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Barn owls captured on Castlemartin Range camera
Ranger Lynne Houlston explains the different ways she’s been monitoring barn owls on the Castlemartin Range for more than a decade.
In January 2018 I installed a motion camera in a ruined farmstead on the Castlemartin Range to see if barn owls were using this location as a nesting or breeding site.
I’ve just been looking through the 5,000+ photos the camera captured between then and the end of September and amongst all the blurred shots and blank images I found this one from July!
The barn owls that were captured on the motion camera.
I’ve been working with Swansea University to monitor barn owls on the Range for more than ten years on and off.
My work with the university began in 2006 when I was asked to collect and send barn owl pellets for the students to analyse. Then in 2015 one particular student said that he was studying the pellets and asked if he could visit the range to have a look at the areas where the owls were living and feeding.
The motion camera was installed in this type of building in a ruined farmstead.
So I went around all the known barn owls sites and was quite worried to find that jackdaws were now using some of the sites. I only found evidence of owls at two of the five sites I had collected pellets from. As a result I decided to use a motion camera to try and find out how the barn owls were doing.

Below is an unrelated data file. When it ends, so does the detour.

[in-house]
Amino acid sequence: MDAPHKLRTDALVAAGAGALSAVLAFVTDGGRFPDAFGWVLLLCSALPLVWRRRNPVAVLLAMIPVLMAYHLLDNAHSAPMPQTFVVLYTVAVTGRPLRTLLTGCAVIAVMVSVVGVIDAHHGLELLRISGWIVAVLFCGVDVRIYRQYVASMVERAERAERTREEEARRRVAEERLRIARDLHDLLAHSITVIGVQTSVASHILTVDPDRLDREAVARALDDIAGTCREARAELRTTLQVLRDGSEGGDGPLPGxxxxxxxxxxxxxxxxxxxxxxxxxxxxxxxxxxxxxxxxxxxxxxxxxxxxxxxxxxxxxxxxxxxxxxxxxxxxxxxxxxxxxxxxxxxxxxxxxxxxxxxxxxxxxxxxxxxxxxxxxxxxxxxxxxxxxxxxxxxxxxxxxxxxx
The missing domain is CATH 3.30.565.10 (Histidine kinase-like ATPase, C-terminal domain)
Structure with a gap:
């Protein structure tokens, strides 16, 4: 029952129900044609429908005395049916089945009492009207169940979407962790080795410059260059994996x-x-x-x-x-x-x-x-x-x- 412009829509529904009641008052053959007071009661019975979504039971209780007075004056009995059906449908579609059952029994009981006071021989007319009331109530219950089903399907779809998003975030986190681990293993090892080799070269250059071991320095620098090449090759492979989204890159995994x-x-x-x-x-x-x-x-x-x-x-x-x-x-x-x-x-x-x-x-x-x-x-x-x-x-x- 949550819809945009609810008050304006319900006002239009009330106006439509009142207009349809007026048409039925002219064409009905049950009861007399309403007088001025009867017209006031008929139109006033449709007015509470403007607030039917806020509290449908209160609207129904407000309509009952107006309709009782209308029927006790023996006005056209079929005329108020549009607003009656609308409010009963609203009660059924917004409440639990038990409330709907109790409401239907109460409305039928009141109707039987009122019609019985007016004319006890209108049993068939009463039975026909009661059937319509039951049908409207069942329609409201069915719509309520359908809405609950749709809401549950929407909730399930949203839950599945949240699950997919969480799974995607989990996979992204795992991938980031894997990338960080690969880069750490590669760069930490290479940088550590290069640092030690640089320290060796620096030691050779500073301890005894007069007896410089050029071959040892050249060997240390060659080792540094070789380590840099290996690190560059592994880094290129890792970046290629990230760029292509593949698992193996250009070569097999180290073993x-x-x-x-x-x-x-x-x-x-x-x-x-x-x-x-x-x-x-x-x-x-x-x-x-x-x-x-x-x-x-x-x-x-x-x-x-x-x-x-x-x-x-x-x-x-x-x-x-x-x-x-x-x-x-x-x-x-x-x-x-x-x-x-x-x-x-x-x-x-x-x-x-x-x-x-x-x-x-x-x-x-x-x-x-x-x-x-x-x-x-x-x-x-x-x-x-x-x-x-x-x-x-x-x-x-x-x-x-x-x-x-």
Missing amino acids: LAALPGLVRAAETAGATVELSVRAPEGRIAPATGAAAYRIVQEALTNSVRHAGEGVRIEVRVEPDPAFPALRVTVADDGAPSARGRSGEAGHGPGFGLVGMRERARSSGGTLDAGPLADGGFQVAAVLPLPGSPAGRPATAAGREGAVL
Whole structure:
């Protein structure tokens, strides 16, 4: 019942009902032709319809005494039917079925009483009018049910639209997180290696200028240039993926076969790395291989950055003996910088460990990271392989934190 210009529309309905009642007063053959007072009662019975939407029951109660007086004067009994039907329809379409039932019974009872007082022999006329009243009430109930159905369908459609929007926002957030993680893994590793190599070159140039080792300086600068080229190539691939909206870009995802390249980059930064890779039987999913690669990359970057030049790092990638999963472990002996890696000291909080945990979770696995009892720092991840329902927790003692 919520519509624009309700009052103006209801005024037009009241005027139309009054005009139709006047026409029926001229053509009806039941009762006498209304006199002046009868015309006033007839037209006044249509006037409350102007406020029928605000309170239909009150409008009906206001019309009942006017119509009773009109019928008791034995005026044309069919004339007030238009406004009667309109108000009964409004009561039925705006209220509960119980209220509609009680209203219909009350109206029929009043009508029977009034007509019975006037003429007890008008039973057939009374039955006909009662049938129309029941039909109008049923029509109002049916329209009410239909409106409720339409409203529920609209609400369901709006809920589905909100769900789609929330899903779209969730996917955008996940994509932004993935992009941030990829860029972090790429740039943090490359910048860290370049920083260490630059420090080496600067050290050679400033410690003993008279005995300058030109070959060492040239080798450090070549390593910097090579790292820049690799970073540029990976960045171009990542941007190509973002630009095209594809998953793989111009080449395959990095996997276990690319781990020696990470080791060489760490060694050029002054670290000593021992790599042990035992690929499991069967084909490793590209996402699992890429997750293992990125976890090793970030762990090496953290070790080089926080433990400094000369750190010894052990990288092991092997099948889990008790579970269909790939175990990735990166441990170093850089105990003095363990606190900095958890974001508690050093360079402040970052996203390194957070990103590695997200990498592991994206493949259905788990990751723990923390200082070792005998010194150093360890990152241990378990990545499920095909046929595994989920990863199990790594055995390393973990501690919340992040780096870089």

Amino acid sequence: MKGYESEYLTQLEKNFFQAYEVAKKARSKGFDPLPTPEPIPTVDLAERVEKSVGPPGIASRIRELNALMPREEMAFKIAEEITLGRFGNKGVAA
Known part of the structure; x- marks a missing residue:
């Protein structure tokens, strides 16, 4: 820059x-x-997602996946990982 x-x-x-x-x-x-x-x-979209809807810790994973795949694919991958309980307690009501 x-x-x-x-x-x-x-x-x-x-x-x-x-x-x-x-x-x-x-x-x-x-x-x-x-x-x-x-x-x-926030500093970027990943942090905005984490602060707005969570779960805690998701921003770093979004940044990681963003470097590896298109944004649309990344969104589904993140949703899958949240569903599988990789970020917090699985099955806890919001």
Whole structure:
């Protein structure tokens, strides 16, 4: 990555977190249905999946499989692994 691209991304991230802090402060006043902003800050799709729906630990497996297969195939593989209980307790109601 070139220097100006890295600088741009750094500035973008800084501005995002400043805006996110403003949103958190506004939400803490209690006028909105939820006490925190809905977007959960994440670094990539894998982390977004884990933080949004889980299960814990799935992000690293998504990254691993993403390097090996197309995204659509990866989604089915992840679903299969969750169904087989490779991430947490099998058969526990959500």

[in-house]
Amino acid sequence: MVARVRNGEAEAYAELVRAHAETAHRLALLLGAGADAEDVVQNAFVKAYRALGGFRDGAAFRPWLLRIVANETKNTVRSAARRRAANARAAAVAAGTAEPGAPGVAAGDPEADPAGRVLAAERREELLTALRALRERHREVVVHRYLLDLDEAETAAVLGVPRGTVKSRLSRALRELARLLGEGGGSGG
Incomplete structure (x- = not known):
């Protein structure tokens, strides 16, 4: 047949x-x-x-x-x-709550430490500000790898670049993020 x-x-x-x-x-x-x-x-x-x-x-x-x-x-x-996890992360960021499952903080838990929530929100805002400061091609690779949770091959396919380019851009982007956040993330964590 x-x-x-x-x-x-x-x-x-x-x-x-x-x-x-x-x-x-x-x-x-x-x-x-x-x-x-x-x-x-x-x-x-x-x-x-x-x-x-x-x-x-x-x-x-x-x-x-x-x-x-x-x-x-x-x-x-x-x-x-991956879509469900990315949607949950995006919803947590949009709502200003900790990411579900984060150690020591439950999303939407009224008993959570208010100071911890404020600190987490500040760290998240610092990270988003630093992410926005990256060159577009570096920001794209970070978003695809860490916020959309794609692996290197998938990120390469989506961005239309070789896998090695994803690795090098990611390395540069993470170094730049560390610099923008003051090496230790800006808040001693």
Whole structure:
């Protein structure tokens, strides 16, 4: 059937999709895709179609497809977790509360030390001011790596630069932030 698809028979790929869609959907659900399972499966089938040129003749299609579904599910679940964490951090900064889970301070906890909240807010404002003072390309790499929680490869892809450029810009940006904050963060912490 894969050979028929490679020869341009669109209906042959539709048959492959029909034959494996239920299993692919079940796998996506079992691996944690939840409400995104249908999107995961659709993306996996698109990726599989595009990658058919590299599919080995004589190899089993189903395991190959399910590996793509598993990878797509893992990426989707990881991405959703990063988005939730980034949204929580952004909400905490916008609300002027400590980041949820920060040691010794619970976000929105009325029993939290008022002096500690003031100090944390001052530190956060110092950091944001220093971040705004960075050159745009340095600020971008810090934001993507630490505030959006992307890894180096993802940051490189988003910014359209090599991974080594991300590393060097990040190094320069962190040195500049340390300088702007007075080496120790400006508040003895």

I was given permission by Natural Resources Wales to install the camera in January but had to leave it in place until September so not to disturb the birds during the breeding and nesting period. You need to acquire a special licence to be able to access such sites during this time.
Having confirmed barn owls are successfully using this site to breed, I now plan to move the camera to other sites to find out if they are being used. I have previously tried a few others for short periods of time but one only picked up jack daws, while the other filmed nothing.
Fingers crossed I’ll have some more good news next year!
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